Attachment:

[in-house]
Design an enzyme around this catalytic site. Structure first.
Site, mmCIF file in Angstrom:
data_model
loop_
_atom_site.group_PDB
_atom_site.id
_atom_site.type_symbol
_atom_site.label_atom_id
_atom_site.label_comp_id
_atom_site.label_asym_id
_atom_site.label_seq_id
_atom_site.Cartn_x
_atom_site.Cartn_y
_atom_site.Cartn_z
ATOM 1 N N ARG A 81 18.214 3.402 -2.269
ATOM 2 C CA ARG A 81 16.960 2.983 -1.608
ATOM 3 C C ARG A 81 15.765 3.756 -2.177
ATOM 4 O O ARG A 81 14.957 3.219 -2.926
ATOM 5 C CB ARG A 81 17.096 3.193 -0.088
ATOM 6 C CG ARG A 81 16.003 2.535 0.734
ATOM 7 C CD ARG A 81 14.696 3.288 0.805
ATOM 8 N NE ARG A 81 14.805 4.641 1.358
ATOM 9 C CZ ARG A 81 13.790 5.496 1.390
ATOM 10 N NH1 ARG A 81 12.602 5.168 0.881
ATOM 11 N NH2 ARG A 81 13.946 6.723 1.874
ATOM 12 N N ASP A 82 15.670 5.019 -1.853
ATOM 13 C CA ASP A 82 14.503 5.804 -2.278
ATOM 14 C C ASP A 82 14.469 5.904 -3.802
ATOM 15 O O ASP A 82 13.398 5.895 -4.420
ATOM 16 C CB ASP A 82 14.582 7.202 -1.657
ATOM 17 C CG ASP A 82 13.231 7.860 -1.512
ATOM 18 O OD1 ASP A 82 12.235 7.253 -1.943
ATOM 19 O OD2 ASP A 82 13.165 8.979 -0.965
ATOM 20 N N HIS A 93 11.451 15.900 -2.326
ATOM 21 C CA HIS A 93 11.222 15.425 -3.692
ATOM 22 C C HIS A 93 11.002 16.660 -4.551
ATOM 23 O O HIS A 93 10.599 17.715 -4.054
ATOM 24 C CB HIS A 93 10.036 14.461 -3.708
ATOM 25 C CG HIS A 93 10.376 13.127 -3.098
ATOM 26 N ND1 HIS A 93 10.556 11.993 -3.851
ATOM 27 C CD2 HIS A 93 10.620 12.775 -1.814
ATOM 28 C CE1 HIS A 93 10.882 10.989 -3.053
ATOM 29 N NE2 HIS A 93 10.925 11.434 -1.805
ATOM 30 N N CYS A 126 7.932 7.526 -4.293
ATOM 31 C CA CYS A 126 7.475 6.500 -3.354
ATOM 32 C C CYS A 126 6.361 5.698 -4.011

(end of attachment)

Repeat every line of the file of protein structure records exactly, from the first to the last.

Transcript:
[in-house]
Design an enzyme around this catalytic site. Structure first.
Site, mmCIF file in Angstrom:
data_model
loop_
_atom_site.group_PDB
_atom_site.id
_atom_site.type_symbol
_atom_site.label_atom_id
_atom_site.label_comp_id
_atom_site.label_asym_id
_atom_site.label_seq_id
_atom_site.Cartn_x
_atom_site.Cartn_y
_atom_site.Cartn_z
ATOM 1 N N ARG A 81 18.214 3.402 -2.269
ATOM 2 C CA ARG A 81 16.960 2.983 -1.608
ATOM 3 C C ARG A 81 15.765 3.756 -2.177
ATOM 4 O O ARG A 81 14.957 3.219 -2.926
ATOM 5 C CB ARG A 81 17.096 3.193 -0.088
ATOM 6 C CG ARG A 81 16.003 2.535 0.734
ATOM 7 C CD ARG A 81 14.696 3.288 0.805
ATOM 8 N NE ARG A 81 14.805 4.641 1.358
ATOM 9 C CZ ARG A 81 13.790 5.496 1.390
ATOM 10 N NH1 ARG A 81 12.602 5.168 0.881
ATOM 11 N NH2 ARG A 81 13.946 6.723 1.874
ATOM 12 N N ASP A 82 15.670 5.019 -1.853
ATOM 13 C CA ASP A 82 14.503 5.804 -2.278
ATOM 14 C C ASP A 82 14.469 5.904 -3.802
ATOM 15 O O ASP A 82 13.398 5.895 -4.420
ATOM 16 C CB ASP A 82 14.582 7.202 -1.657
ATOM 17 C CG ASP A 82 13.231 7.860 -1.512
ATOM 18 O OD1 ASP A 82 12.235 7.253 -1.943
ATOM 19 O OD2 ASP A 82 13.165 8.979 -0.965
ATOM 20 N N HIS A 93 11.451 15.900 -2.326
ATOM 21 C CA HIS A 93 11.222 15.425 -3.692
ATOM 22 C C HIS A 93 11.002 16.660 -4.551
ATOM 23 O O HIS A 93 10.599 17.715 -4.054
ATOM 24 C CB HIS A 93 10.036 14.461 -3.708
ATOM 25 C CG HIS A 93 10.376 13.127 -3.098
ATOM 26 N ND1 HIS A 93 10.556 11.993 -3.851
ATOM 27 C CD2 HIS A 93 10.620 12.775 -1.814
ATOM 28 C CE1 HIS A 93 10.882 10.989 -3.053
ATOM 29 N NE2 HIS A 93 10.925 11.434 -1.805
ATOM 30 N N CYS A 126 7.932 7.526 -4.293
ATOM 31 C CA CYS A 126 7.475 6.500 -3.354
ATOM 32 C C CYS A 126 6.361 5.698 -4.011